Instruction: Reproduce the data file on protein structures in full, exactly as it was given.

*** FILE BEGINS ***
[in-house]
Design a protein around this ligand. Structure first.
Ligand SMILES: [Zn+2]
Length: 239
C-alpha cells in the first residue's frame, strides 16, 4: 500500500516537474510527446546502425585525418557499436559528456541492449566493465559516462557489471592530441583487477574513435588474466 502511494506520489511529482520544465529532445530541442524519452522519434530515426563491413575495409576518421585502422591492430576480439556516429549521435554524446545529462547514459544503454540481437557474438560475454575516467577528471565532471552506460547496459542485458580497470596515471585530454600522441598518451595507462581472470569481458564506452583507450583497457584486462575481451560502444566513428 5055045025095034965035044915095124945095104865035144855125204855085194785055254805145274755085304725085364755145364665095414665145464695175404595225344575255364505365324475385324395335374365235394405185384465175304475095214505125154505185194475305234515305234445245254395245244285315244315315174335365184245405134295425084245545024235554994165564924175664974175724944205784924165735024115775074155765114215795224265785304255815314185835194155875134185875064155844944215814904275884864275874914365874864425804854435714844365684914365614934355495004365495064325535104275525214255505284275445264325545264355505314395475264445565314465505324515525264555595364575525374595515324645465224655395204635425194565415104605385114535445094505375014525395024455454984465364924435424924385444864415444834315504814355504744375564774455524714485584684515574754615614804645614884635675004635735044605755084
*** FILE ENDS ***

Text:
[in-house]
Design a protein around this ligand. Structure first.
Ligand SMILES: [Zn+2]
Length: 239
C-alpha cells in the first residue's frame, strides 16, 4: 500500500516537474510527446546502425585525418557499436559528456541492449566493465559516462557489471592530441583487477574513435588474466 502511494506520489511529482520544465529532445530541442524519452522519434530515426563491413575495409576518421585502422591492430576480439556516429549521435554524446545529462547514459544503454540481437557474438560475454575516467577528471565532471552506460547496459542485458580497470596515471585530454600522441598518451595507462581472470569481458564506452583507450583497457584486462575481451560502444566513428 5055045025095034965035044915095124945095104865035144855125204855085194785055254805145274755085304725085364755145364665095414665145464695175404595225344575255364505365324475385324395335374365235394405185384465175304475095214505125154505185194475305234515305234445245254395245244285315244315315174335365184245405134295425084245545024235554994165564924175664974175724944205784924165735024115775074155765114215795224265785304255815314185835194155875134185875064155844944215814904275884864275874914365874864425804854435714844365684914365614934355495004365495064325535104275525214255505284275445264325545264355505314395475264445565314465505324515525264555595364575525374595515324645465224655395204635425194565415104605385114535445094505375014525395024455454984465364924435424924385444864415444834315504814355504744375564774455524714485584684515574754615614804645614884635675004635735044605755084